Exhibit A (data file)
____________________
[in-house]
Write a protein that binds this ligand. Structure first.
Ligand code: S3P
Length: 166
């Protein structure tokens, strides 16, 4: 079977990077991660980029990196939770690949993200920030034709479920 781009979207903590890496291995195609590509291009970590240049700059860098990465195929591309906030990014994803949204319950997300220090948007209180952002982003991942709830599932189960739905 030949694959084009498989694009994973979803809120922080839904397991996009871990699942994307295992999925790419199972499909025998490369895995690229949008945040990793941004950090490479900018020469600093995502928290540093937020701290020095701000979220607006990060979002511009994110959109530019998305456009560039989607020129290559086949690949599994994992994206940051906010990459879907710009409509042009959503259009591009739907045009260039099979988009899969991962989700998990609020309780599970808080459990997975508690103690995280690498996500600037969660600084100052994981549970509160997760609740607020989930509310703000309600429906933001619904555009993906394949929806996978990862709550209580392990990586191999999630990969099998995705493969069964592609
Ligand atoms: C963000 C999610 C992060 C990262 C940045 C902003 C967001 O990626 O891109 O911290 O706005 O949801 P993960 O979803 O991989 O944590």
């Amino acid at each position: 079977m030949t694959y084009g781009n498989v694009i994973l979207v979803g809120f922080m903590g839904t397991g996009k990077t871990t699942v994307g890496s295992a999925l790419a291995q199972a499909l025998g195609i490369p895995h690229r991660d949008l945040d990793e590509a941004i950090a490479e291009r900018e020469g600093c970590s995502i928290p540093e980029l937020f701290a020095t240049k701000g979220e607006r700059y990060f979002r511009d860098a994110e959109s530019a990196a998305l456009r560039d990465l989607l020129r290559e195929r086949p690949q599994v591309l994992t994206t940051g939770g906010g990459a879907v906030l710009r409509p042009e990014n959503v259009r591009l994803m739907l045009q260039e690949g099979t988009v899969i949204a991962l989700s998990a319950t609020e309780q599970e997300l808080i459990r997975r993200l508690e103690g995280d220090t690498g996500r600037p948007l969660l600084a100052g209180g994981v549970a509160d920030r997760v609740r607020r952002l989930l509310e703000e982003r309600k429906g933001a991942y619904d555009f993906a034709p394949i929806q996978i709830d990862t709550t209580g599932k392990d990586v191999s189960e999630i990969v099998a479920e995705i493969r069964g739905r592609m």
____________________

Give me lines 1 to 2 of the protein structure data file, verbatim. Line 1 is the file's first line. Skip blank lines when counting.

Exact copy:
[in-house]
Write a protein that binds this ligand. Structure first.